Of the three patients receiving transarterial embolization only (patients 15, 19 and 24), two (patients 15 and 19) had fistulas involving both the CS and the dura of the sphenoparietal sinus and/or Meckel's cave. The other (patient 24) had a fistula involving only a small posterior pocket of the CS, as described above.
Of the two patients receiving combined transarterial and percutaneous transorbital CS puncture and embolization, one (patient 18) had previous failure of therapy at another institution with coils in the affected sinus and IPS rendering both transvenous and percutaneous CS access difficult; in this case, percutaneous access to the CS was therefore obtained with a balloon in the ipsilateral internal carotid artery (ICA) for both visualization and protection of the vessel. In the other patient (patient 22), transorbital CS access was sufficient to occlude the cavernous portion of the DAVF, but transarterial embolization was required to occlude the shunts to the dura of the sphenoparietal sinus and Meckel's cave.
Percutaneous transorbital CS puncture
Under general anesthesia, six-vessel cerebral angiography is performed to define the arterial supply and venous drainage of the CS-DAVF. Once IPS occlusion is confirmed, a decision is made to proceed to transorbital CS puncture. The arterial catheter is placed in the common carotid artery on the side of the lesion for angiograms and roadmapping, and placed on flush. The periorbita is cleaned and covered with a fenestrated drape. The frontal imaging plate is angled into an ipsilateral oblique caudal projection to view along the orbital axis, parallel to the orbital floor, aiming for optimal visualization of the superior and inferior orbital fissures and their junction point (figure 1). A small skin incision is made lateral to the infraorbital notch (figure 2). Under ﬂuoroscopic guidance, a 9 cm or 12 cm 20 gauge needle is inserted through the skin incision along the orbital ﬂoor towards the inferomedial aspect of the superior orbital fissure (SOF) (figure 3). The needle tip is kept close to the orbital ﬂoor with the bevel inferiorly, the point superiorly, especially during the initial advancement, to facilitate passage of the needle across the irregular bone of the orbital floor (figure 4). As the needle approaches the SOF, a roadmap of the ICA is acquired, and the needle advanced gradually (with the bevel now facing superiorly, the tip inferiorly) until the tip is placed inferior to the anterior genu of the ICA on the lateral roadmap, projected over the inferior ophthalmic vein (IOV) or the confluence of the SOV and IOV on both planes. The stylet of the needle is removed and arterialized blood noted, indicating successful access to the arterialized vein. The wire from a Cook 5 F Micropuncture Access Set (Cook Medical, Bloomington, Indiana, USA) is advanced through the needle into the CS under lateral fluoroscopy, its tip placed in the most posterior venous pocket possible. The needle is then removed over the wire and the 5 F Micropuncture sheath system advanced over the wire with a gentle twisting motion until its tip is positioned in the CS. The inner dilator of the set is removed, leaving the soft 5 F (1.7 mm) outer dilator in situ. A hemostatic valve is attached to the external end of the outer dilator, which is then secured to the skin. Confirmation of sheath position is obtained with a very gentle injection of contrast through the sheath (figure 5). A DMSO-compatible microcatheter is inserted through the outer dilator into the CS. A venogram is performed through the microcatheter to conﬁrm precise placement of the catheter in relation to the shunting compartment(s) of the sinus. If necessary, the microcatheter can be navigated to the most appropriate position for embolization. The dead space of the microcatheter is ﬁlled with DMSO and Onyx-34 or PHIL-35 is then injected gradually into the CS. The status of the CS-DAVF is monitored with intermittent angiography. Following closure of the fistula, control angiography is performed before closure of the femoral access site. The microcatheter is removed from the orbital sheath under gentle traction before the sheath is also removed. Manual hemostasis at the infraorbital puncture site is then achieved and the wound cleaned and dressed.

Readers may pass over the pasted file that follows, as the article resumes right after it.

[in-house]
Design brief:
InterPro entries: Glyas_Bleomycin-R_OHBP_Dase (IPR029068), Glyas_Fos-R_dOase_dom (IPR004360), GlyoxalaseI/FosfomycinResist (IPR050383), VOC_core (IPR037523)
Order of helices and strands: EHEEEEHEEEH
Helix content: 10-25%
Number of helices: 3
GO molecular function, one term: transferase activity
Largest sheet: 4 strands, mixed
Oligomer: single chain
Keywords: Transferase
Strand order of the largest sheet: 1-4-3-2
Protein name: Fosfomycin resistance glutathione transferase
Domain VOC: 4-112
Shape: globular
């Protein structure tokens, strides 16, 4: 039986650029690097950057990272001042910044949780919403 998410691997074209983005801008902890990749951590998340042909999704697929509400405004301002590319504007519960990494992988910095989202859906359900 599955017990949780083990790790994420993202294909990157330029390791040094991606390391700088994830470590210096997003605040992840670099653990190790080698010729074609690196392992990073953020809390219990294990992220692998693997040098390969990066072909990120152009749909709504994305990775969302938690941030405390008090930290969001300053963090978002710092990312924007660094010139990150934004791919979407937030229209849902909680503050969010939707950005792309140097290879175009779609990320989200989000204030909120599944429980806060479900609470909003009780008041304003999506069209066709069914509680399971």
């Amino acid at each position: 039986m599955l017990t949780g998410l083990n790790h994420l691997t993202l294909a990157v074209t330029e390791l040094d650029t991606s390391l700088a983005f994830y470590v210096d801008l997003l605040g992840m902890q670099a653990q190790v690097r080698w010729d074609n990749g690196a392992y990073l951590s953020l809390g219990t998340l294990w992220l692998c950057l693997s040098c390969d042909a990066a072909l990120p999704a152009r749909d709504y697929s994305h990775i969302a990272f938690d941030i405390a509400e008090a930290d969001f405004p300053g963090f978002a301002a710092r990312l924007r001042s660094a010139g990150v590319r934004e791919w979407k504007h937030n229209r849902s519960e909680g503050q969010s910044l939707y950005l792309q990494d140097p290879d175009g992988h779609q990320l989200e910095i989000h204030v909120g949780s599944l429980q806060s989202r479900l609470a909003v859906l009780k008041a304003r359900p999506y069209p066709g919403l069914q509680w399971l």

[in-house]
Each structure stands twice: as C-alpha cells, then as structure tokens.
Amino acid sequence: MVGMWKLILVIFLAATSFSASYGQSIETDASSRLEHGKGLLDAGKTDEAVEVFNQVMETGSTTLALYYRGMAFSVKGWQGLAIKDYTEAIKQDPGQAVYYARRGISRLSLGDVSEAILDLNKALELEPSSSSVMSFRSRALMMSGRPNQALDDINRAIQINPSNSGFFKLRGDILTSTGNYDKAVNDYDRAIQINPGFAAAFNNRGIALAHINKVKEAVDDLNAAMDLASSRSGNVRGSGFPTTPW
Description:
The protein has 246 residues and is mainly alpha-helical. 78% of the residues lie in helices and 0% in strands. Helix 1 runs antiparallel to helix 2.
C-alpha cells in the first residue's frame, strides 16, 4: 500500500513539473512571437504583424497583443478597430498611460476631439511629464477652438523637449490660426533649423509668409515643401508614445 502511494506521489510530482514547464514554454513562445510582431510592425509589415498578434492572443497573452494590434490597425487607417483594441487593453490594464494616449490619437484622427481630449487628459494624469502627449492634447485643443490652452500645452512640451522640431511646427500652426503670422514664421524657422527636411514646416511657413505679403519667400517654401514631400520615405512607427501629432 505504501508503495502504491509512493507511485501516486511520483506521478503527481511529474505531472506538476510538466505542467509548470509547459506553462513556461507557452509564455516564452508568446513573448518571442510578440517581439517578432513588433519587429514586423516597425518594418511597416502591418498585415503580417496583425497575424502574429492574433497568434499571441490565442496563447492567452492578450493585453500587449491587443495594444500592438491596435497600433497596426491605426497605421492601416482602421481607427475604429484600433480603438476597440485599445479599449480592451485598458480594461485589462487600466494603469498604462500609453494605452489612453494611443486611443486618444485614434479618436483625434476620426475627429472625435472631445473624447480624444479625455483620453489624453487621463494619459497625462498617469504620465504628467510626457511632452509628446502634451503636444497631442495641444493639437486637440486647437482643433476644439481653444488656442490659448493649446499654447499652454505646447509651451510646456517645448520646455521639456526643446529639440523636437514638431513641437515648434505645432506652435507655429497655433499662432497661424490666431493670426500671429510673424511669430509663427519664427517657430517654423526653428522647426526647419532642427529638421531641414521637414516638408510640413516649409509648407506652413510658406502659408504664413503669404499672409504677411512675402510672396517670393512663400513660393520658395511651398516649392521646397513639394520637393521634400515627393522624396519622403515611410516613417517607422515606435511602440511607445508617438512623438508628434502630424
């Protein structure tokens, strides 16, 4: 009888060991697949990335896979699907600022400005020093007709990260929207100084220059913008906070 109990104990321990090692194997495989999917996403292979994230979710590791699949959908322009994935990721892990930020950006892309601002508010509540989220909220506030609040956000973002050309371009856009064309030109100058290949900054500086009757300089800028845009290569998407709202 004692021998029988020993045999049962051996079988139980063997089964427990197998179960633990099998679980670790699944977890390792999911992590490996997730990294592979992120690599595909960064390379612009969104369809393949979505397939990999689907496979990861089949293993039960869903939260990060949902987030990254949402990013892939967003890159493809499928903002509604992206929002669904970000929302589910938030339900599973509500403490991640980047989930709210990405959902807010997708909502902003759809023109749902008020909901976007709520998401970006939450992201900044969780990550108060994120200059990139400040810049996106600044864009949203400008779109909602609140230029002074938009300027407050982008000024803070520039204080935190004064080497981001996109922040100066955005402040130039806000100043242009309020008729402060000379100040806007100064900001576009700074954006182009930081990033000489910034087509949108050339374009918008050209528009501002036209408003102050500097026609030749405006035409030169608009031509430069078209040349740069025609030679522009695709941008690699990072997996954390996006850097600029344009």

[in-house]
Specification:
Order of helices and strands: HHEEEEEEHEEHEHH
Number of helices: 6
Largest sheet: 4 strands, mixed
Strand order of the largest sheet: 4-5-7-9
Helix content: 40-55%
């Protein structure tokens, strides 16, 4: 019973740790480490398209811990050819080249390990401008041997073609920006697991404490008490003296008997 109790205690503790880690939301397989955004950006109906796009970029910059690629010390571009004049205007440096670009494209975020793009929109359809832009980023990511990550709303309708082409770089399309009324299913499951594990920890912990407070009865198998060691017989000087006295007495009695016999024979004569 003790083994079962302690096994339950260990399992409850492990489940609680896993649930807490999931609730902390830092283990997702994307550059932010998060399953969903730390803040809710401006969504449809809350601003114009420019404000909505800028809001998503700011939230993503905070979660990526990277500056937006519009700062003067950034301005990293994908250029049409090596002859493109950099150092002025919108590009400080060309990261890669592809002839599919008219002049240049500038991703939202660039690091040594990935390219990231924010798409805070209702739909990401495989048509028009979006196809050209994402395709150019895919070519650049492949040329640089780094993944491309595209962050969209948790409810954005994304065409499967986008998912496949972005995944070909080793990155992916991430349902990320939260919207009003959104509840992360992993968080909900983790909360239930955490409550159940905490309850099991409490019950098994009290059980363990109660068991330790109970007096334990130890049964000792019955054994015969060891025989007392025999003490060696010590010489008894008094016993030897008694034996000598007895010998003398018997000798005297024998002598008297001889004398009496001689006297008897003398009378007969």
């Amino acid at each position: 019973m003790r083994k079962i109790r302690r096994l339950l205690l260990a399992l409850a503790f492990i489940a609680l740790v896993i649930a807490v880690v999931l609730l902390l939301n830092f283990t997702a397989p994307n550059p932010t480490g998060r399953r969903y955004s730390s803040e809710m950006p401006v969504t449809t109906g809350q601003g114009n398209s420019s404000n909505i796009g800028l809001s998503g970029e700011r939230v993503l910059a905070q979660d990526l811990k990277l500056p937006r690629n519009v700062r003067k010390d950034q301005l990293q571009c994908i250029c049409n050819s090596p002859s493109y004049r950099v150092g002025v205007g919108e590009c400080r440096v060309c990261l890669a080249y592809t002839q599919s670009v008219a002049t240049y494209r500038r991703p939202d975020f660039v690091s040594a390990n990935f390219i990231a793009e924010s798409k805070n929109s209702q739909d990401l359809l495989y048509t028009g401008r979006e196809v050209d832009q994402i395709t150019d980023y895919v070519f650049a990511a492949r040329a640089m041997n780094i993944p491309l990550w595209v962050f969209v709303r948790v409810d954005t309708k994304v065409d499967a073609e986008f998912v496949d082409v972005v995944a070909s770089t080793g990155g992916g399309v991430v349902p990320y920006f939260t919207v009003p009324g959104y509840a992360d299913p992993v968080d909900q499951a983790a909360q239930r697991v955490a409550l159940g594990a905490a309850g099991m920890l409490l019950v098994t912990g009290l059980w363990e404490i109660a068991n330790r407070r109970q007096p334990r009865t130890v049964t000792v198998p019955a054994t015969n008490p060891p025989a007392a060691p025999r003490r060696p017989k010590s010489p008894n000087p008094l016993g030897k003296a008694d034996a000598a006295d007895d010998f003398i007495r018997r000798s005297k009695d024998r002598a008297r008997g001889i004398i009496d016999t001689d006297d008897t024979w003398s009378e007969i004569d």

The overall results in our cohort are summarized in table 1.
Of 32 patients with CS-DAVF, 29 were treated in one procedure. All 32 lesions were completely occluded on immediate post-embolization angiography, with no clinical or angiographic recurrence of the target lesion at or beyond 6 months.
Three patients required a second procedure (patients 2, 5, and 18). One (patient 5) was our first experience of percutaneous transorbital CS puncture. At the initial procedure, unsuccessful attempts were made to access the CS via an occluded IPS. Eventually, a microcatheter was advanced to a point in the clival plexus adjacent to the shunts and Onyx-34 embolization undertaken, failing to penetrate the CS or to reduce the degree of shunting. The patient developed a permanent ipsilateral abducens nerve palsy following this procedure, presumably due to Onyx injection adjacent to and around Dorello's canal. This patient's second procedure, our first experience of percutaneous transorbital CS puncture, was uneventful and resulted in complete and durable occlusion of the CS and the fistula with no new clinical sequelae.